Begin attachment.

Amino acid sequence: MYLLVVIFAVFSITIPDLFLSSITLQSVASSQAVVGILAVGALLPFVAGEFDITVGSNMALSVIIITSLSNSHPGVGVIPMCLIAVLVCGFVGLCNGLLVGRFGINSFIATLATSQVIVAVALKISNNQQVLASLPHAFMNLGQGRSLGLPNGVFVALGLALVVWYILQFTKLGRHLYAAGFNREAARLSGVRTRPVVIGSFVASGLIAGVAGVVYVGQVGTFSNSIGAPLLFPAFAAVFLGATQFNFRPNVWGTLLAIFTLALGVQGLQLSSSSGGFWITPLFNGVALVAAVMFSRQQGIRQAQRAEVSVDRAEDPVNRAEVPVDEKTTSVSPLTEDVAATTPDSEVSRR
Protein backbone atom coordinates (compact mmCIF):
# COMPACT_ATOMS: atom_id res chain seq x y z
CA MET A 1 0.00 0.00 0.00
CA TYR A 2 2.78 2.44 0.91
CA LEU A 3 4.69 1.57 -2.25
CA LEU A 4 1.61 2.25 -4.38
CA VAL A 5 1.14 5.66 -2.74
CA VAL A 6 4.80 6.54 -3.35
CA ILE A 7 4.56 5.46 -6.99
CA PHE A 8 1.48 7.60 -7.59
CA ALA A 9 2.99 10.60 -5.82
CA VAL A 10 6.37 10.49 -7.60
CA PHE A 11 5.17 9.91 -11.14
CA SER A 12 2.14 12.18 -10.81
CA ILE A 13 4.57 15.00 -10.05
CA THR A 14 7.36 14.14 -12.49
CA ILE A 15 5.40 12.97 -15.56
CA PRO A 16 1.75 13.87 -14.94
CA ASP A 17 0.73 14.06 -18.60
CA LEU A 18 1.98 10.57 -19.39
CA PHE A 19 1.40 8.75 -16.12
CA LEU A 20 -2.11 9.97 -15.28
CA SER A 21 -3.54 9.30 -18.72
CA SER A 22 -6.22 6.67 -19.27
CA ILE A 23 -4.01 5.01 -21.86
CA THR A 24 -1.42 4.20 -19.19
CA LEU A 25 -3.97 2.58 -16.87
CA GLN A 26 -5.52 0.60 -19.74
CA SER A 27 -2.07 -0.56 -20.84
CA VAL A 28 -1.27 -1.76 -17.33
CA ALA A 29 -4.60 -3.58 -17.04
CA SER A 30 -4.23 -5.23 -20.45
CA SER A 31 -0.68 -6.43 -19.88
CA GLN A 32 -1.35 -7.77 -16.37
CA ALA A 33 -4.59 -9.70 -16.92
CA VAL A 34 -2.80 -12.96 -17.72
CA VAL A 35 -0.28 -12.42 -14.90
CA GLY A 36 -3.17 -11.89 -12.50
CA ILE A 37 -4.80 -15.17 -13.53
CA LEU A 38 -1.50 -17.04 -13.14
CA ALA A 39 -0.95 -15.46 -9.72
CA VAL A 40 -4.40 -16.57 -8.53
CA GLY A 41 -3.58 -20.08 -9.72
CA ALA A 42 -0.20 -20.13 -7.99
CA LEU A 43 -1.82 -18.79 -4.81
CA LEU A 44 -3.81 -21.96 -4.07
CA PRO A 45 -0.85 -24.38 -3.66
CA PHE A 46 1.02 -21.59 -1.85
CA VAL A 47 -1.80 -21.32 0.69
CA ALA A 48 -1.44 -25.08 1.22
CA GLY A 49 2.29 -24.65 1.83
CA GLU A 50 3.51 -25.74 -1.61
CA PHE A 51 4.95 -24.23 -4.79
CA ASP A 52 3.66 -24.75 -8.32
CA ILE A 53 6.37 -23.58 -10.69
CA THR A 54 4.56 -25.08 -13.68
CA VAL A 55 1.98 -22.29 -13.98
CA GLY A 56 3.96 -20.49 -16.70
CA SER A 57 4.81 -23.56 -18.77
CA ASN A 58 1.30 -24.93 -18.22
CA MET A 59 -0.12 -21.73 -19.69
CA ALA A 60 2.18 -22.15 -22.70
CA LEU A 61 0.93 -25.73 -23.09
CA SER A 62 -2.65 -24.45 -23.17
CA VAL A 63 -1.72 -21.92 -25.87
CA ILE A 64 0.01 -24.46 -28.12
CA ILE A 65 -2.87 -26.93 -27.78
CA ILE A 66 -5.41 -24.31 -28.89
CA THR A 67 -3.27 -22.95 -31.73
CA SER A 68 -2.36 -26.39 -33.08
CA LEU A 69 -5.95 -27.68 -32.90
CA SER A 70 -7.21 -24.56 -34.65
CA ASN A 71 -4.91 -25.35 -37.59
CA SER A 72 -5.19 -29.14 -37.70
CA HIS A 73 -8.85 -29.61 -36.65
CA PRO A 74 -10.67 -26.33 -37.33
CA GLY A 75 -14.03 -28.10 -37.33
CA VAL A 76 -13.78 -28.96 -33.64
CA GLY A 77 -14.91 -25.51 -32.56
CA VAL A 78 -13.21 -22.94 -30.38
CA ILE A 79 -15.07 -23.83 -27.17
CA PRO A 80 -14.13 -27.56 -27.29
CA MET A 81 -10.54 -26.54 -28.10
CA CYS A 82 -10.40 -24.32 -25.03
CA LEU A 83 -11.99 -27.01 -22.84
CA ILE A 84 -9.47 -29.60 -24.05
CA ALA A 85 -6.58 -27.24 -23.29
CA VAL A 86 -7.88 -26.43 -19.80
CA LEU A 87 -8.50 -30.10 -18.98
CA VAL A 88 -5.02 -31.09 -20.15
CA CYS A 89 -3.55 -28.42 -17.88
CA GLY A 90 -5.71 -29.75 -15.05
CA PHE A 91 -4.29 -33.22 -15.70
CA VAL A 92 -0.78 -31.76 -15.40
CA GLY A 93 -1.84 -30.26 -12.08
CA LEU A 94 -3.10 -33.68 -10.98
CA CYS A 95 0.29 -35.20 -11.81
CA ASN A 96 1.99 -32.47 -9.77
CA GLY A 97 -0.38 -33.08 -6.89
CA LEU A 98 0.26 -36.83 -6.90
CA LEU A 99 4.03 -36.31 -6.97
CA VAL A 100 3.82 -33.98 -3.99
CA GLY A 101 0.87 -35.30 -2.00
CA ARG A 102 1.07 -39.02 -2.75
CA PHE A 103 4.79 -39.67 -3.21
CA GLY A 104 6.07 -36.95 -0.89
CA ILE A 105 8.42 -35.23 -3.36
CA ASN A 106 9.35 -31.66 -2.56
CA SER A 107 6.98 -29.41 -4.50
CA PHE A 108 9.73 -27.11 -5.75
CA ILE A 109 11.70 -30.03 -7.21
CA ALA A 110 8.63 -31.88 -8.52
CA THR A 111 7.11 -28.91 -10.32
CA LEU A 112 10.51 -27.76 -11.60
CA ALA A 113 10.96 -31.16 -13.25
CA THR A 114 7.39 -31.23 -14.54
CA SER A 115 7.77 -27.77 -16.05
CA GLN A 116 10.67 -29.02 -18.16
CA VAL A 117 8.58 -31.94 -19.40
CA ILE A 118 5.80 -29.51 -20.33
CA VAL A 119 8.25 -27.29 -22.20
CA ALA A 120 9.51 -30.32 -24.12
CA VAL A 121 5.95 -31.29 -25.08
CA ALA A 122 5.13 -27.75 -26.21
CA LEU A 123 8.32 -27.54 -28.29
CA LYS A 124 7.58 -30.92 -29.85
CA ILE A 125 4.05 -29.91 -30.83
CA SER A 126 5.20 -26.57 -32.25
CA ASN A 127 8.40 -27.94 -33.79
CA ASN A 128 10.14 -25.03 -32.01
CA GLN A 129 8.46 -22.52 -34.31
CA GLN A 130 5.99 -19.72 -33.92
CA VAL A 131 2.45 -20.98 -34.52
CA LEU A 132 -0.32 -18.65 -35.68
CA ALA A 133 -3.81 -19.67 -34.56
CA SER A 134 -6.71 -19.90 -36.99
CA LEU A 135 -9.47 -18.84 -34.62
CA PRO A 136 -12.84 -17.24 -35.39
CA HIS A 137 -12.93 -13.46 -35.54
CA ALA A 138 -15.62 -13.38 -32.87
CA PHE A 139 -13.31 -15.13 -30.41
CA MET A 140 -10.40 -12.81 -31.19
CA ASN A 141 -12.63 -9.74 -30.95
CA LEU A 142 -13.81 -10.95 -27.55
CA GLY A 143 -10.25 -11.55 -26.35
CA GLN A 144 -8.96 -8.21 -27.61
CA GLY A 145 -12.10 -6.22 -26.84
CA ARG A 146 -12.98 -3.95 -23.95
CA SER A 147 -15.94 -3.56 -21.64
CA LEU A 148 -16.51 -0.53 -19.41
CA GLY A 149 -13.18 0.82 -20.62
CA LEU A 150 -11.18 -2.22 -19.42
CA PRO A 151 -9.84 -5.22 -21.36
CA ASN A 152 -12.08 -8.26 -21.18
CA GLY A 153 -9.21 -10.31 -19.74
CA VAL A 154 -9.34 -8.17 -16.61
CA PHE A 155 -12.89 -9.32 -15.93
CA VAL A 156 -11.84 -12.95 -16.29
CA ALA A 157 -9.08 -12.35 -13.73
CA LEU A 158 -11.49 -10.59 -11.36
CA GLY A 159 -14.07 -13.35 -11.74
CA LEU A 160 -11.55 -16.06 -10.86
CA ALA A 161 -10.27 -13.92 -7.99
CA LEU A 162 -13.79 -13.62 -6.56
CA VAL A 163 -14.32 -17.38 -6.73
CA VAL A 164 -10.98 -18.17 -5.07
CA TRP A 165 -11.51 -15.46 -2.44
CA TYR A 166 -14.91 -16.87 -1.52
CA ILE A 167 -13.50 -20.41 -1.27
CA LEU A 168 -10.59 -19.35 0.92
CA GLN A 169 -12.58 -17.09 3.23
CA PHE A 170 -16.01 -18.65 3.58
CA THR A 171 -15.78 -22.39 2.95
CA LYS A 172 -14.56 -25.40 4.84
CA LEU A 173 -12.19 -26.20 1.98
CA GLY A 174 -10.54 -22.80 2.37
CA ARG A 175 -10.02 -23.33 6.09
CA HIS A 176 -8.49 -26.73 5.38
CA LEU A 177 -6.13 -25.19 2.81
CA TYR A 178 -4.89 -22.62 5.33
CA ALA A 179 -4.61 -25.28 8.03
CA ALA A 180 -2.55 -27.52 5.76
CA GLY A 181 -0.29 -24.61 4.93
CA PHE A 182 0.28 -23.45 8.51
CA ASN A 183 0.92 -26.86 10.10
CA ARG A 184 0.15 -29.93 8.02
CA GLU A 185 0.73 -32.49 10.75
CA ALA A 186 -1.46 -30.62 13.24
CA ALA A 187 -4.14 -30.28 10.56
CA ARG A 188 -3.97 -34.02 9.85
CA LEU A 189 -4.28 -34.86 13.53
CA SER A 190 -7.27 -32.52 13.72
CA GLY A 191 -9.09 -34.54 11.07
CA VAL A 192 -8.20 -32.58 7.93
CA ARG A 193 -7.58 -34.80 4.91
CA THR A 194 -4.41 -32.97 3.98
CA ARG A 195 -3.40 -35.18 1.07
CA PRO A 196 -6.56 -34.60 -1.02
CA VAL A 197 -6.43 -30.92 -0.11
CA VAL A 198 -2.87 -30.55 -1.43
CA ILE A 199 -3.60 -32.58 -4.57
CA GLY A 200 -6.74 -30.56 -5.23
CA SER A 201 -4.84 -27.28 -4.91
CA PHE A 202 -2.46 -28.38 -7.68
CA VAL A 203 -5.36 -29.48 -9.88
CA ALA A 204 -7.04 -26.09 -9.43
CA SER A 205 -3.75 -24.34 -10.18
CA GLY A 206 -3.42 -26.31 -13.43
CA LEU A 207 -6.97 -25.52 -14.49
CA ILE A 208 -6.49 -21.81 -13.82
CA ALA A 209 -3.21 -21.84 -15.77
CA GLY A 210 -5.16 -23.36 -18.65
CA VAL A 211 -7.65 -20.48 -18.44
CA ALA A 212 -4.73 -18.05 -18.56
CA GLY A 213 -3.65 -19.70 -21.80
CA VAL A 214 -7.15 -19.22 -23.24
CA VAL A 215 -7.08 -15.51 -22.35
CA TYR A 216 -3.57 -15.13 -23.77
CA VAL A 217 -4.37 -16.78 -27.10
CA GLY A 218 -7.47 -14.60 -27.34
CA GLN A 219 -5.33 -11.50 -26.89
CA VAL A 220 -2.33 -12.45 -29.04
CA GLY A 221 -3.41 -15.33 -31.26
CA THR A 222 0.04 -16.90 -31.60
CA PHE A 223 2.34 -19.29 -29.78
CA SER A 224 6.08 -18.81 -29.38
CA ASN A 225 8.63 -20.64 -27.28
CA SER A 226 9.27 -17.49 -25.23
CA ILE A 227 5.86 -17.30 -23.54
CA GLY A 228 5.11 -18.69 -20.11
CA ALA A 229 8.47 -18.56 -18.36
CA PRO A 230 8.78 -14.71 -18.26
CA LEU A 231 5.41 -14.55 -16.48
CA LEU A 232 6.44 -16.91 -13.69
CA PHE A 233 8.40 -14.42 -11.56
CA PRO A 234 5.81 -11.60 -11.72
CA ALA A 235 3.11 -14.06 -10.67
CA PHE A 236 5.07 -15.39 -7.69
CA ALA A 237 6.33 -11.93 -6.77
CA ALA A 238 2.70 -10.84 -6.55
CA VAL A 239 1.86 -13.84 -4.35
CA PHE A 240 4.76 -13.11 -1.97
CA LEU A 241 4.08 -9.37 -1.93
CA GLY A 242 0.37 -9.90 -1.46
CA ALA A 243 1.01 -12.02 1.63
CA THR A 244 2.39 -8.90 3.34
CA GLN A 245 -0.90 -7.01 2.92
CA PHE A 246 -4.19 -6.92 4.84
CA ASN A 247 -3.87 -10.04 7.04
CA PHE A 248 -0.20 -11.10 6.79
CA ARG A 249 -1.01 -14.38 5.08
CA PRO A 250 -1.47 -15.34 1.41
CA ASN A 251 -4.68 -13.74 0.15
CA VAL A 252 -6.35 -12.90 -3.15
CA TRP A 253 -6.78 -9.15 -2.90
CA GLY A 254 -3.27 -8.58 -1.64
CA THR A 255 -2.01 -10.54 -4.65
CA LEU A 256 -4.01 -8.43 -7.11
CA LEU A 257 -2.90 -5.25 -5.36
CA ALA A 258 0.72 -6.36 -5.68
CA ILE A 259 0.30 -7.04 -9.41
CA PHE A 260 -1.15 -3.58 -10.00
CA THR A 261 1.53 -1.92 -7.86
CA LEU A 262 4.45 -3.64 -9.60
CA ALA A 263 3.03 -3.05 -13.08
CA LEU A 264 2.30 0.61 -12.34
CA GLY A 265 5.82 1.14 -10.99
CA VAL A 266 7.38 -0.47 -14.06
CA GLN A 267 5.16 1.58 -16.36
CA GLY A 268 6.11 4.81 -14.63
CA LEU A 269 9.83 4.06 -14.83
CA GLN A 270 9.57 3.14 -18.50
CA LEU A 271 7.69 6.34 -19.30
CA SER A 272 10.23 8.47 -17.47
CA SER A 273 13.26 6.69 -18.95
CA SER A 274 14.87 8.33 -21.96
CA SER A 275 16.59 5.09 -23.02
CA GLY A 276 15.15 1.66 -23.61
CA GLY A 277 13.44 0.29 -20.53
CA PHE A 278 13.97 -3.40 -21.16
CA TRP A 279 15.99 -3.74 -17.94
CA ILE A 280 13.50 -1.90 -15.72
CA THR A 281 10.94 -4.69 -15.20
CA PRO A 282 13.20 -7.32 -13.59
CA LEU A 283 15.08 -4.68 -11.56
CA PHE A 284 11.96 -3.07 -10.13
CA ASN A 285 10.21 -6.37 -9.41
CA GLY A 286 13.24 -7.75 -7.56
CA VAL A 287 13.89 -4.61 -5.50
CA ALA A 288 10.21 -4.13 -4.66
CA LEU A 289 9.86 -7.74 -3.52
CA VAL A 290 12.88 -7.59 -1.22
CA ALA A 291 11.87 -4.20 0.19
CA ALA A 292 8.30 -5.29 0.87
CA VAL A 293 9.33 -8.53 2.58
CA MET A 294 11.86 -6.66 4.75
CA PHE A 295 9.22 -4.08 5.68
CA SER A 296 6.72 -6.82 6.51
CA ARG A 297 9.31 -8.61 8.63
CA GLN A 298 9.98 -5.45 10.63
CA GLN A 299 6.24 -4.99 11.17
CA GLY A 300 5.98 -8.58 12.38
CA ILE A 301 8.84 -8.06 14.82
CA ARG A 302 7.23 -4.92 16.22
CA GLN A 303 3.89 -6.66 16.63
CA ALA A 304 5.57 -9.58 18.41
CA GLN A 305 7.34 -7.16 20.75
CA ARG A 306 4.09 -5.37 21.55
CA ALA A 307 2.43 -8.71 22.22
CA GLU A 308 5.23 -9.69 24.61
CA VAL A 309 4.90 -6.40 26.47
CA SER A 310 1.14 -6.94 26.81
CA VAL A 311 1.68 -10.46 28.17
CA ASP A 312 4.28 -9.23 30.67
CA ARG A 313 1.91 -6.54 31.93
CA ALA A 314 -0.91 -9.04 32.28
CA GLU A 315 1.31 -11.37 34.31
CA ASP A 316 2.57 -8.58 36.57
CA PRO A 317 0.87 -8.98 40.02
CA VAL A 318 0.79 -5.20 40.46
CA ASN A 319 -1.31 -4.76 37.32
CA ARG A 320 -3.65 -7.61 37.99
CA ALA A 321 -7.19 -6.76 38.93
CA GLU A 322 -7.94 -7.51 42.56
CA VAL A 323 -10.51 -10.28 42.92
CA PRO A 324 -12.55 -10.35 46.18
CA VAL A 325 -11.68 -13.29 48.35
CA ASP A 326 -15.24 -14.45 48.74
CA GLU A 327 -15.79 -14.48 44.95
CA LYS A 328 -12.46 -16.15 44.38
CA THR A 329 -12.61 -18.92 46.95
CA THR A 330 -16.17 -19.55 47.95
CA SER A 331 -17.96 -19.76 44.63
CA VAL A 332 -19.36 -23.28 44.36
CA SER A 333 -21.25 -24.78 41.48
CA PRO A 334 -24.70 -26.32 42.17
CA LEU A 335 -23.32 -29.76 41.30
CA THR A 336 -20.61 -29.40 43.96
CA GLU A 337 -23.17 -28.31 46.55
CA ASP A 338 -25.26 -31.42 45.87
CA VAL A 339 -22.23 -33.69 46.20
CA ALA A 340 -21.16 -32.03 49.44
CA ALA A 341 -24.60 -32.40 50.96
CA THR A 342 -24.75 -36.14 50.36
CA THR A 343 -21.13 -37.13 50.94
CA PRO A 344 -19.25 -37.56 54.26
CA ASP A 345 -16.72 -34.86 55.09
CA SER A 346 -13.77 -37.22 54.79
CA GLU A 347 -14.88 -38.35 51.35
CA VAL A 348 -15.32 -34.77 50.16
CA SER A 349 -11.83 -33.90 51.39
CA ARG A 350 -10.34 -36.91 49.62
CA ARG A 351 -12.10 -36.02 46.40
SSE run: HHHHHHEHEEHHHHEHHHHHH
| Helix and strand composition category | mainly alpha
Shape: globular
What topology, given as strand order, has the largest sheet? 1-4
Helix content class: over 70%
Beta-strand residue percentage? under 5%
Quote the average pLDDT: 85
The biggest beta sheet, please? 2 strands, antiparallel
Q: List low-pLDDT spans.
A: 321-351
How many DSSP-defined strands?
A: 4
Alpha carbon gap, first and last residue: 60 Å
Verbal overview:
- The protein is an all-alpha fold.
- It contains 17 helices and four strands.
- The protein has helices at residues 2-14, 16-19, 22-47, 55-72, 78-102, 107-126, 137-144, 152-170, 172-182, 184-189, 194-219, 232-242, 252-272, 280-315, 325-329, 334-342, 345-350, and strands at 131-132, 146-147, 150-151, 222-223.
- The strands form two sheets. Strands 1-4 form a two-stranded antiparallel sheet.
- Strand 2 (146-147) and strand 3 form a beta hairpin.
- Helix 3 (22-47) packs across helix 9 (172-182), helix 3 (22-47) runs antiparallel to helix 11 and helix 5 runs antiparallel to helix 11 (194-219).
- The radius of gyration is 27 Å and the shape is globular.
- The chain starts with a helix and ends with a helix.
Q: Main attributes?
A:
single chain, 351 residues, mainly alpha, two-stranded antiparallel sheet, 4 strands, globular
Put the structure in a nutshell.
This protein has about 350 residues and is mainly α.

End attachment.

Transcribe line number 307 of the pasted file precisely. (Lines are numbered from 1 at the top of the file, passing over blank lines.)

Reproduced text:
CA ALA A 304 5.57 -9.58 18.41